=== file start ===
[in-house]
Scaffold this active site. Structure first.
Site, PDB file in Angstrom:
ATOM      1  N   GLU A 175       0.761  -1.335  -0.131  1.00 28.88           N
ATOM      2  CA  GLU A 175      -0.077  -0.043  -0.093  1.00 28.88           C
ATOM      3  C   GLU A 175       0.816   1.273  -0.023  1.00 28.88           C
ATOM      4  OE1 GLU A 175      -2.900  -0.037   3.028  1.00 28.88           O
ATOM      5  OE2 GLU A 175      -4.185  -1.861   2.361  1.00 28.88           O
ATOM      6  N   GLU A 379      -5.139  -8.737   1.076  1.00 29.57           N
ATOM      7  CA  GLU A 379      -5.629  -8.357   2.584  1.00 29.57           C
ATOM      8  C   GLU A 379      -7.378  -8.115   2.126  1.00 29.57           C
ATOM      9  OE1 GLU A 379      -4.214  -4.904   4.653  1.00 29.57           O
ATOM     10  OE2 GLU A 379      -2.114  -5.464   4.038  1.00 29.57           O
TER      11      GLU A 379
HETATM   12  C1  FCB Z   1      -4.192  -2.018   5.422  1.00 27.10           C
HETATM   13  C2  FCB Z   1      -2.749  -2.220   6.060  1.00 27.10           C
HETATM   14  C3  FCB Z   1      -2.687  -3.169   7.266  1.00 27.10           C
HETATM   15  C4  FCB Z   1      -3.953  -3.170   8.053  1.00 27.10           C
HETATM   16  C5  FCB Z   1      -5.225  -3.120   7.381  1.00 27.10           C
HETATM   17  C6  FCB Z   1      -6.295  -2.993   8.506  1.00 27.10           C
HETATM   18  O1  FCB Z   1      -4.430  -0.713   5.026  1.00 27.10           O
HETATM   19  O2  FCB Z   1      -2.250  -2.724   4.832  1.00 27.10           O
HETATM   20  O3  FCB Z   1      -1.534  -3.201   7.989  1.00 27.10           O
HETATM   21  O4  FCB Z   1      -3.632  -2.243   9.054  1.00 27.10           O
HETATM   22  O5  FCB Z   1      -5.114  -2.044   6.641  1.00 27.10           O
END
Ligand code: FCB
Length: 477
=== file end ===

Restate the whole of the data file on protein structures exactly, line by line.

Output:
[in-house]
Scaffold this active site. Structure first.
Site, PDB file in Angstrom:
ATOM      1  N   GLU A 175       0.761  -1.335  -0.131  1.00 28.88           N
ATOM      2  CA  GLU A 175      -0.077  -0.043  -0.093  1.00 28.88           C
ATOM      3  C   GLU A 175       0.816   1.273  -0.023  1.00 28.88           C
ATOM      4  OE1 GLU A 175      -2.900  -0.037   3.028  1.00 28.88           O
ATOM      5  OE2 GLU A 175      -4.185  -1.861   2.361  1.00 28.88           O
ATOM      6  N   GLU A 379      -5.139  -8.737   1.076  1.00 29.57           N
ATOM      7  CA  GLU A 379      -5.629  -8.357   2.584  1.00 29.57           C
ATOM      8  C   GLU A 379      -7.378  -8.115   2.126  1.00 29.57           C
ATOM      9  OE1 GLU A 379      -4.214  -4.904   4.653  1.00 29.57           O
ATOM     10  OE2 GLU A 379      -2.114  -5.464   4.038  1.00 29.57           O
TER      11      GLU A 379
HETATM   12  C1  FCB Z   1      -4.192  -2.018   5.422  1.00 27.10           C
HETATM   13  C2  FCB Z   1      -2.749  -2.220   6.060  1.00 27.10           C
HETATM   14  C3  FCB Z   1      -2.687  -3.169   7.266  1.00 27.10           C
HETATM   15  C4  FCB Z   1      -3.953  -3.170   8.053  1.00 27.10           C
HETATM   16  C5  FCB Z   1      -5.225  -3.120   7.381  1.00 27.10           C
HETATM   17  C6  FCB Z   1      -6.295  -2.993   8.506  1.00 27.10           C
HETATM   18  O1  FCB Z   1      -4.430  -0.713   5.026  1.00 27.10           O
HETATM   19  O2  FCB Z   1      -2.250  -2.724   4.832  1.00 27.10           O
HETATM   20  O3  FCB Z   1      -1.534  -3.201   7.989  1.00 27.10           O
HETATM   21  O4  FCB Z   1      -3.632  -2.243   9.054  1.00 27.10           O
HETATM   22  O5  FCB Z   1      -5.114  -2.044   6.641  1.00 27.10           O
END
Ligand code: FCB
Length: 477